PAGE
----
When we heard about the Pelican Bar, we knew that we would have to go there. To get there, though, we would have to hire a boat, and we had no idea how to go about doing that. So, we asked our tour guide; and he immediately hooked us up with a boat taxi.
A few minutes later, we met Landon, who took us on a walk through town towards his motor boat: a fishing boat, with an outboard motor. It took him a moment to get the motor started; and then we were underway.
Along the way, we stopped to pick up another passenger: Dee, the bartender. Apparently, we were going to be opening the bar for the day...
Sure enough, after a twenty minute boat ride, we arrived at the Pelican Bar, where we discovered that we were the first customers. Landon drove the boat right up to the ladder and helped us climb out of the boat and up to the bar. Then, once we were safe, he parked the boat at the dock and joined Dee at the bar.
The Pelican Bar consisted of two structures: the current bar and a second building that was once a bar, but after hurricanes made it unstable, it is now just a storage shed.
The inside of the Pelican Bar was much as we had imagined it to be, with benches and tables set up around the perimeter. The floor was nothing more than a patchwork of planks and boards that were surprisingly sturdy. In the middle, there was the bar, where they served Red Stripe, Red Stripe Light, and Heineken. They also had soft drinks, such as ginger beer.
We ordered a pair of Red Stripe Lights as well as a pair of ginger beers (one for Landon); and with that, we all relaxed and enjoyed the bar.
It wasn't long before business picked up. We were soon joined by a group of college-aged people - three men and two women - and, a few minutes later, a British couple on holiday. They all did like us: they knocked back Red Stripes and enjoyed the lazy afternoon out at sea.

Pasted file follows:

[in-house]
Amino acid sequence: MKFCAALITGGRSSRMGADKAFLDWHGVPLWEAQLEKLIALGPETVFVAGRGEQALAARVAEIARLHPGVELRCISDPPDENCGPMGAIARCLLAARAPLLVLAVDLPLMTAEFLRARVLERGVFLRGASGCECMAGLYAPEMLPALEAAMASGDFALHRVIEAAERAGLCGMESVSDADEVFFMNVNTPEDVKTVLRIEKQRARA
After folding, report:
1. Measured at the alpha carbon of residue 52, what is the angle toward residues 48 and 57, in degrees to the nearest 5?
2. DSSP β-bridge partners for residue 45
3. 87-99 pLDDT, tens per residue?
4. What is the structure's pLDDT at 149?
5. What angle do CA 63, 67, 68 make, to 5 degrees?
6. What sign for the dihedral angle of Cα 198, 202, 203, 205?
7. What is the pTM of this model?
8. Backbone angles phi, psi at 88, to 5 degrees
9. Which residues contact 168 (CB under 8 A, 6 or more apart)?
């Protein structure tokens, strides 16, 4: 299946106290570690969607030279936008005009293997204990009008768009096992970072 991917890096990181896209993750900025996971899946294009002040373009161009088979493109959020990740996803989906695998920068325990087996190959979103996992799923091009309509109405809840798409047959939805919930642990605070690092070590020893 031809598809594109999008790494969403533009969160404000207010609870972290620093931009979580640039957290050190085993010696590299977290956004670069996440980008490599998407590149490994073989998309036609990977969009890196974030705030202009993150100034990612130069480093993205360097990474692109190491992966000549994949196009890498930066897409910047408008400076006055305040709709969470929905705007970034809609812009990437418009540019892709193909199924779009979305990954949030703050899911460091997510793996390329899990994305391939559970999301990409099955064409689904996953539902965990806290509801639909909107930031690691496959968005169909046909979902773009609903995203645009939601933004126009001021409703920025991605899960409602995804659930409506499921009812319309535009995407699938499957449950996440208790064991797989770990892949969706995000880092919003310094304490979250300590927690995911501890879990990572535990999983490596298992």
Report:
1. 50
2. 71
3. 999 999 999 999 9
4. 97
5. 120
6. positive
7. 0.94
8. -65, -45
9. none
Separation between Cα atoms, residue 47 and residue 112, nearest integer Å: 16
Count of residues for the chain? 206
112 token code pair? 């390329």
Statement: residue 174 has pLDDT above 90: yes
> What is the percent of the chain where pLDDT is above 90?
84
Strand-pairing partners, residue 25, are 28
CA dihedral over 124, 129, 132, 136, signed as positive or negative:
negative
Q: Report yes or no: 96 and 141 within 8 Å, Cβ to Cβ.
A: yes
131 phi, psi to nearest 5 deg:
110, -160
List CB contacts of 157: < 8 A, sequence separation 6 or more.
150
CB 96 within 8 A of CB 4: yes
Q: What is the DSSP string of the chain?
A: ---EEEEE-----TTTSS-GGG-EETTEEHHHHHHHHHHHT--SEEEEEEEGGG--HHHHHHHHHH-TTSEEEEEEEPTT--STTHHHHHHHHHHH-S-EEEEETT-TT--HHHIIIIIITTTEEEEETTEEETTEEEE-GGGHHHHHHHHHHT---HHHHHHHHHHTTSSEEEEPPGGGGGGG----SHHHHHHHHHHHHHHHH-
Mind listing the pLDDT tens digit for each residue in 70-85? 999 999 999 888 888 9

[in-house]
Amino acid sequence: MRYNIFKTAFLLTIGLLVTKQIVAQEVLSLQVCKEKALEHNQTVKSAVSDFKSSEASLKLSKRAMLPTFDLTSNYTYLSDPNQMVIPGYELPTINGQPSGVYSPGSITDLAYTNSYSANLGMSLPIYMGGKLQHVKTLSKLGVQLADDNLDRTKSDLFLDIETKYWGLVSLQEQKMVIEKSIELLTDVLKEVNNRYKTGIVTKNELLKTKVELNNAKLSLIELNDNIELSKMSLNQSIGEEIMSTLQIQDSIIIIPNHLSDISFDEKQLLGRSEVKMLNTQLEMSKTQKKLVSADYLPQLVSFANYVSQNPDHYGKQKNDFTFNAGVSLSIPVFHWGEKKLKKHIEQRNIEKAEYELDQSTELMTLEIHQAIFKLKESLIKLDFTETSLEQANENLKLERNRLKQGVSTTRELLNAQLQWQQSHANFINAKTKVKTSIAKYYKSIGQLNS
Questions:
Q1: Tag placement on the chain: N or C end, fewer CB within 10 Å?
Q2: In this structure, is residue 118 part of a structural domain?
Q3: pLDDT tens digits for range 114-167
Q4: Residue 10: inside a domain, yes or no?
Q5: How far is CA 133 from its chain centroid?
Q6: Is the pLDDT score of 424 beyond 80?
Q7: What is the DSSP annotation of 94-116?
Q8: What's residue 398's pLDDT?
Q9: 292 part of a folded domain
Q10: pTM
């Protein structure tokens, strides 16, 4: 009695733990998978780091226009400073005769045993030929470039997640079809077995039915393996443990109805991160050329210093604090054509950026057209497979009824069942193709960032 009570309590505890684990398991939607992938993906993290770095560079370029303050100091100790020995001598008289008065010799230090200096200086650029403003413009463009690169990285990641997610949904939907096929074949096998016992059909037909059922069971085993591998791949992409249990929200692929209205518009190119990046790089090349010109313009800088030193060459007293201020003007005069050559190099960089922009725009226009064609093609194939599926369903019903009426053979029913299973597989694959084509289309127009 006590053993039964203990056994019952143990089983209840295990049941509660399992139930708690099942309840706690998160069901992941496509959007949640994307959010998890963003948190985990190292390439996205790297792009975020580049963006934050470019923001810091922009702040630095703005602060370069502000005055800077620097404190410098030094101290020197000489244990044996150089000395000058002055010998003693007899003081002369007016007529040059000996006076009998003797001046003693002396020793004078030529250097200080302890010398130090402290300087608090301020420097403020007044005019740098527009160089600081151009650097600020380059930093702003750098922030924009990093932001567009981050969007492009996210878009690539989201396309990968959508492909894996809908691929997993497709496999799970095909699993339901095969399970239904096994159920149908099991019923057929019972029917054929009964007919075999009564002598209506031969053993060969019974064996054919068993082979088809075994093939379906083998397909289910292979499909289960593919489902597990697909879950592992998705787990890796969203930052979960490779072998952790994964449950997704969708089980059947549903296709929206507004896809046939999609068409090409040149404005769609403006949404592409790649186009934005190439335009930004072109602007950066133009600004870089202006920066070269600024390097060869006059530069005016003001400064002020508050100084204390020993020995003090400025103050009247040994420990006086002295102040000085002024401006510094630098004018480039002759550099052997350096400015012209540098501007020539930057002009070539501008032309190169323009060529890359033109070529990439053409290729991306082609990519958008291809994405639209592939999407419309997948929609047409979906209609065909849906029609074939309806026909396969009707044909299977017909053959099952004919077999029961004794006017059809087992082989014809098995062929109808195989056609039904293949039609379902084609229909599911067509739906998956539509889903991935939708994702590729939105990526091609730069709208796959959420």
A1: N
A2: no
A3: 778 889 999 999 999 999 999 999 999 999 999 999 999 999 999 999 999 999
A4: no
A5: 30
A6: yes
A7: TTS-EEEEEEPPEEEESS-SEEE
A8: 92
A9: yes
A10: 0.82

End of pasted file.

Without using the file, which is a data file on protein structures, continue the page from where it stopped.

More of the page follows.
We spent two hours at the Pelican Bar, drinking Red Stripe and swimming in the shallow, warm water around the structure. John even climbed up into the hammock and kicked back with his beer. (Unfortunately, getting out of the hammock was more difficult that it looked; John managed to cut his foot open on a log when he landed in the water!)
Although we could have easily spent several more hours there, whiling away the afternoon, we decided to leave after two hours. While Landon brought the boat back around to the ladder, we gathered up our things and made our way down. Once we were all in the boat, we said goodbye to the Pelican Bar and started back towards shore.
Halfway back to shore, John motioned for Landon to stop the boat. He looked awfully desperate for Landon to stop; I thought he was going to be sick! As soon as the boat came to a stop, John jumped into the water. Seconds later, I heard him sigh happily...obviously, he could no longer hold it... Once he was done, he climbed back into the boat, and we shoved off again.
As soon as we arrived back at shore, Landon took us right up to the Black River Safari dock and let us out of the boat. We thanked him for the wonderful afternoon (and tipped him well, too); and with that, we made our way back to the car.
On the way back to the hotel, we took a drive through Bamboo Avenue: a section of A2, between Middle Quarters and Lacovia, where the highway is covered by a canopy of overgrown bamboo trees. It was very beautiful; and we stopped along the way to take pictures.
When we arrived at the hotel, we spent some time relaxing in our room before dinner. That evening, we ate at the Yabba Restaurant at the Treasure Beach Hotel; that was when we discovered that we were not the only ones at the hotel anymore. Another family had checked in that afternoon, and they were also having dinner at the Yabba.
After dinner, we returned to our room to retire for the night and to make plans for the next day...
Return to Jamaica!
Return to Naked in the Woods.